In 2008, the Oregon Patient Safety Commission (OPSC) set a simple goal for itself – become the safest health care delivery system in the United States. The OPSC set out procedures and standards to measure progress in hospitals across the state. Noting that Oregon’s level of care was only “average” by any measurement, the OPSC’s objective was to use these standards to improve patient safety.

Fifty-six of the 58 hospitals in Oregon reported data to the Oregon Patient Safety Commission, which found that Oregon’s level of hospital care was only “average.”

Fifty-six of the 58 hospitals in Oregon reported data to the Oregon Patient Safety Commission, which found that Oregon’s level of hospital care was only “average.”

The standards asked five main questions:

  • Can we demonstrate that we are eliminating preventable harm events?
  • Are we using evidence-based best practices?
  • Are we assessing risk and learning from experience?
  • Do we have a culture that supports learning and improvement?
  • Are we working to create connected systems of care?

In its recent report, the OPSC cited improvement in three of the five categories: using an evidence-based practice, creating a culture of learning and creating connected systems of care. However, the report found no improvement in hospitals eliminating preventable harm events.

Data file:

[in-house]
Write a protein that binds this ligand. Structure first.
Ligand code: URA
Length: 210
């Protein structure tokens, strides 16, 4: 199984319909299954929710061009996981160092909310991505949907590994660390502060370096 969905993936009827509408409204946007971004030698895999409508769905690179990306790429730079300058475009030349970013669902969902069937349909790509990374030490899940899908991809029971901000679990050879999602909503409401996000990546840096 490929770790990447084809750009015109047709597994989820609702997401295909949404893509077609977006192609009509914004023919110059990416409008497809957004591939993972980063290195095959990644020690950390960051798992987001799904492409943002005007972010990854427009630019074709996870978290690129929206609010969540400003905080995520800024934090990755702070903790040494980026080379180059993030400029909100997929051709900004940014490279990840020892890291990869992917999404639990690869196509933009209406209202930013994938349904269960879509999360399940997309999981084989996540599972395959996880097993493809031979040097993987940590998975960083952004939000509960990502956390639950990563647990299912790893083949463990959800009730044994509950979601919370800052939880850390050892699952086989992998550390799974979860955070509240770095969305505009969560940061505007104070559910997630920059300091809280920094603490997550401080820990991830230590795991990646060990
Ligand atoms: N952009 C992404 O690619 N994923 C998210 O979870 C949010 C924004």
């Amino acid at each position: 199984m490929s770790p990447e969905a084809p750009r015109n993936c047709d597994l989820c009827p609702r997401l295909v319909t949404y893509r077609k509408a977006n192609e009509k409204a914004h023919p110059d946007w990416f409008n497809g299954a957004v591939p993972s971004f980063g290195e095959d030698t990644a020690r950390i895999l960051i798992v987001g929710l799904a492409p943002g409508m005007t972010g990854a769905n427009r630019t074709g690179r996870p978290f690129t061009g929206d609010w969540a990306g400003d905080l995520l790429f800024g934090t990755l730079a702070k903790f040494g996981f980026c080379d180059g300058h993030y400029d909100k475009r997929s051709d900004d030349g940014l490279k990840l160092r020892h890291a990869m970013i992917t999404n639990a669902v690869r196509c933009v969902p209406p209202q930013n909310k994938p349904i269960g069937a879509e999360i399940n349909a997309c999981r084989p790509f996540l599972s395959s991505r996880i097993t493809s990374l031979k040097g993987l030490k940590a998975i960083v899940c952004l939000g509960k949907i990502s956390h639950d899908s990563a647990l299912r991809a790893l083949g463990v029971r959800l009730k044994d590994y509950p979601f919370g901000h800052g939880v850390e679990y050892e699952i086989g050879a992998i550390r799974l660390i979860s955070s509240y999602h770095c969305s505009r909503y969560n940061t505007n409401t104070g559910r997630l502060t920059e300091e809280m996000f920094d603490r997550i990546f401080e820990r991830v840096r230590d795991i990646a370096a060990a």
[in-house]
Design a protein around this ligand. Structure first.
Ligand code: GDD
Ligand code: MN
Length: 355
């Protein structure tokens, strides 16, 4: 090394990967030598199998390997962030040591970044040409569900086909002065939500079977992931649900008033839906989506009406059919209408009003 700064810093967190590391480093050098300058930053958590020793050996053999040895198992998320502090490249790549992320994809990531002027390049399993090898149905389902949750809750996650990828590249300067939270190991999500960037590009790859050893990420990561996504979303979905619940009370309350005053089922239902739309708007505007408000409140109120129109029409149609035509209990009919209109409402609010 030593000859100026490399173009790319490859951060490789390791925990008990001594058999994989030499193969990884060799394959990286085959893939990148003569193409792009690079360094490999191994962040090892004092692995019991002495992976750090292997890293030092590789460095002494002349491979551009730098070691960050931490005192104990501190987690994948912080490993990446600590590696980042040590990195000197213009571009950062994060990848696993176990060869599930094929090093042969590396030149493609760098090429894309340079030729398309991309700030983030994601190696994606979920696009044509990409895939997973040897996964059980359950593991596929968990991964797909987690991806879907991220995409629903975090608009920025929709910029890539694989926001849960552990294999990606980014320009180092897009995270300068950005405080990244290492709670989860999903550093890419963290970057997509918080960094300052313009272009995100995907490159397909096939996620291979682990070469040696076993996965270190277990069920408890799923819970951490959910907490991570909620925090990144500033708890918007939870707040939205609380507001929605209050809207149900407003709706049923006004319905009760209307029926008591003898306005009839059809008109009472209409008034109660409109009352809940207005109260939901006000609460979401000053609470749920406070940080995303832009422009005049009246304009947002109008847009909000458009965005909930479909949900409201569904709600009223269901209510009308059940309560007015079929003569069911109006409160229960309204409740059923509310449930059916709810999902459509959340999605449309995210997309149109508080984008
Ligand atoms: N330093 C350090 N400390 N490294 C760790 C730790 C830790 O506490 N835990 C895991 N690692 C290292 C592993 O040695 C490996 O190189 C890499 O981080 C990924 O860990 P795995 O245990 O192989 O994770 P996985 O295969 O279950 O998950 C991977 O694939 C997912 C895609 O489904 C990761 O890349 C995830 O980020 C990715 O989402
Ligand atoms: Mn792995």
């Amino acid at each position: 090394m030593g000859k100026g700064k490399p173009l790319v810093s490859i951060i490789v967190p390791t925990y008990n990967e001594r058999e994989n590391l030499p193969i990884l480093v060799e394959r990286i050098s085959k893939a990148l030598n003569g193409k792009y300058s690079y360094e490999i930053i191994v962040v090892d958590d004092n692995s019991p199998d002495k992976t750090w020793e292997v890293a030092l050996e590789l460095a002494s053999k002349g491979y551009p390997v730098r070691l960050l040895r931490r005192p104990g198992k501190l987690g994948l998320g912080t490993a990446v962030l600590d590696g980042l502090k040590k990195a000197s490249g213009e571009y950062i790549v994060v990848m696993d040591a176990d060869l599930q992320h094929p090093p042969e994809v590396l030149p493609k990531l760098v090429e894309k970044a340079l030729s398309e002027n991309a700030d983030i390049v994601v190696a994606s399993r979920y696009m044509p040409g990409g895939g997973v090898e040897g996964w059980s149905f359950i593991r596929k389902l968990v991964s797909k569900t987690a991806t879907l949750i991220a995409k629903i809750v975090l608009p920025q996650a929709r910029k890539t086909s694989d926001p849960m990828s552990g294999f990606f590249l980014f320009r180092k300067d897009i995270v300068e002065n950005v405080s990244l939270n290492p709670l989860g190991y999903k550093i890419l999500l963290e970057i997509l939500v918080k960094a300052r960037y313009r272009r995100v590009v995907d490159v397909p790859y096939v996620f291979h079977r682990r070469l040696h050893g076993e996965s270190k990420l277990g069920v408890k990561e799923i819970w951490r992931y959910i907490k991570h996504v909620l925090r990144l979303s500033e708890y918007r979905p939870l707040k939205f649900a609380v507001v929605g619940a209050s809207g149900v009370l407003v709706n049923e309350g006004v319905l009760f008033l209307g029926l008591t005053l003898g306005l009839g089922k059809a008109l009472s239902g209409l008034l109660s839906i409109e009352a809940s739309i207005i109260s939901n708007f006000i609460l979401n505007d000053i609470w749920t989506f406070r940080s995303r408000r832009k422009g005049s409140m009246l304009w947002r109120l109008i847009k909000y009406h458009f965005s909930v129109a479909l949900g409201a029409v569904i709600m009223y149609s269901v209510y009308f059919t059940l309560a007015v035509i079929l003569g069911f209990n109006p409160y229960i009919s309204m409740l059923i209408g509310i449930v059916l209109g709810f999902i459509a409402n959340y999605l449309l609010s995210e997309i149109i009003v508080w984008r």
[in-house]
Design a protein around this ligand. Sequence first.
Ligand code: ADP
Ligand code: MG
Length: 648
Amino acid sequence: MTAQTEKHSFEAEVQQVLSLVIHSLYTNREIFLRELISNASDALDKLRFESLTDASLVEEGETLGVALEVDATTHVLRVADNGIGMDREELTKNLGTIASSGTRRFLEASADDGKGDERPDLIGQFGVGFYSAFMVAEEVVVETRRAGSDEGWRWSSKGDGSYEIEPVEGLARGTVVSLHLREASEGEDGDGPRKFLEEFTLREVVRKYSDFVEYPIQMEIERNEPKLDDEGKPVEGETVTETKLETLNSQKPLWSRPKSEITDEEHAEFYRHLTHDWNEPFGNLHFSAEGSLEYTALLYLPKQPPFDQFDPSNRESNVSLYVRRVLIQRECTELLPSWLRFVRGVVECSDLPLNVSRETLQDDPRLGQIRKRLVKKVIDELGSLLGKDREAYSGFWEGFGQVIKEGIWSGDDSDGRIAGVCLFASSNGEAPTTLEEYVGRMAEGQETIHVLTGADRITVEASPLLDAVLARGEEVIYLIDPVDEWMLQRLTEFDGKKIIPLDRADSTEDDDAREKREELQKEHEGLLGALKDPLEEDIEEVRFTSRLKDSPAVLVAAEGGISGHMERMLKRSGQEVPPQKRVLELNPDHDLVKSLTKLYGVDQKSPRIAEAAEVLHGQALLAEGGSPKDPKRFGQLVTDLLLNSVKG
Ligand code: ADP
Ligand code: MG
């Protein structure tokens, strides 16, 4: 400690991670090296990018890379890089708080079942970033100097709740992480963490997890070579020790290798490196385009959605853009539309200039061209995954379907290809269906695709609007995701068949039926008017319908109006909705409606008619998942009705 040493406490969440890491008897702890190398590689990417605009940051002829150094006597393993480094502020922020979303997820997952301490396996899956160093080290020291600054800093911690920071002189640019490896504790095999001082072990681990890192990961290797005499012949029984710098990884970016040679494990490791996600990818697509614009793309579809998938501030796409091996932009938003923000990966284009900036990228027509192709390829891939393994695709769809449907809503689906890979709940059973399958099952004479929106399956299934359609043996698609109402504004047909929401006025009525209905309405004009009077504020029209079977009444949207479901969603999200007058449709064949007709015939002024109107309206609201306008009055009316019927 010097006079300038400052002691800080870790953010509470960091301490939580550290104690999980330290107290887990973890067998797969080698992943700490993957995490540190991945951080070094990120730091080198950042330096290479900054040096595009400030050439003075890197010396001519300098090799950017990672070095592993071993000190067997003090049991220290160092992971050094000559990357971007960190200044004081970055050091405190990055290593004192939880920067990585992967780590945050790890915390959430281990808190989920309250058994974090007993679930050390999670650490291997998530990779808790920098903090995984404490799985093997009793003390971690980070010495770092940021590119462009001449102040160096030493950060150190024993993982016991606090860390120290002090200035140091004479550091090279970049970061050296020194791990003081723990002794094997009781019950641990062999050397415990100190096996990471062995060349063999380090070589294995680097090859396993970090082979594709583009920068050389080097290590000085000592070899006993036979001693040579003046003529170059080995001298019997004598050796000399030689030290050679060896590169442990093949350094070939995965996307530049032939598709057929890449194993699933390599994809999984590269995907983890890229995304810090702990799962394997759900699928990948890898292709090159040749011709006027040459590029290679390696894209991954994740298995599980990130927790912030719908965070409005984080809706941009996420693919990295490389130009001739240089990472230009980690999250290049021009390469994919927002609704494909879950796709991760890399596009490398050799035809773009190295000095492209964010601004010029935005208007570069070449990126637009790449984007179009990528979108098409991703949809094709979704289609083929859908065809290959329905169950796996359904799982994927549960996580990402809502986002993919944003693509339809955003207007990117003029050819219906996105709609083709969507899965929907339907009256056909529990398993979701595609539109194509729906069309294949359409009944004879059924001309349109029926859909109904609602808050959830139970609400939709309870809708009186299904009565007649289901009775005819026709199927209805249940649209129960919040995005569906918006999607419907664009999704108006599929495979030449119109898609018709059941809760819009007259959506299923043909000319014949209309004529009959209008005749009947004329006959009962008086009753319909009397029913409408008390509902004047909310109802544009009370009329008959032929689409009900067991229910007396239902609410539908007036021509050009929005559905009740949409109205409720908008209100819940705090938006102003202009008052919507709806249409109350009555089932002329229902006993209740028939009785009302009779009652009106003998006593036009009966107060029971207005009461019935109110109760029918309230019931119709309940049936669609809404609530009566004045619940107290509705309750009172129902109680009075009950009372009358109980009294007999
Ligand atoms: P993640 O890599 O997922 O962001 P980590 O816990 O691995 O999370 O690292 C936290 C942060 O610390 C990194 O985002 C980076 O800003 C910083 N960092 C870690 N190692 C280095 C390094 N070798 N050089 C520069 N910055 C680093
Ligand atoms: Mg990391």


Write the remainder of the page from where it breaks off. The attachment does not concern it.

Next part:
Fifty-six of the 58 hospitals in Oregon reported data to the Commission, representing all but one percent of the total hospital care delivered in the state.

Measuring Adverse Events

The report defined an “adverse event” as “any unanticipated, usually preventable consequence of patient care that results in death or serious physical injury.” From 2006, the first year the data was tracked, until 2009, the OPSC received 383 reports of adverse events.

In the first six months of 2010, the Commission received only 41 reports of adverse events. There were 55 reports during the same period in 2009. Though this data seems to suggest that hospitals are improving in preventing some errors, the OPSC believes that these events are actuallyunderreported by hospitals.

Three main types of adverse events made up half of the reported events during 2009: 1) falls (19 percent), 2) retained objects or instruments left in patients after surgery (15 percent), 3) medication errors (12 percent).

Working With an Attorney

Hospitals that participated in this program are supposed to report adverse events to the OPSC and to the patient. However, a recent report in DOTmed News indicates that in 2009 only half of the adverse events were reported to the patient, meaning the patient cannot always rely on a hospital to disclose harmful events to the patient.

As a result, it is important to work with an experienced Oregon medical malpractice attorney if you believe you have been the victim of medical malpractice at the hands of any doctor or hospital staff. You only have a limited amount of time to file a claim for your injuries.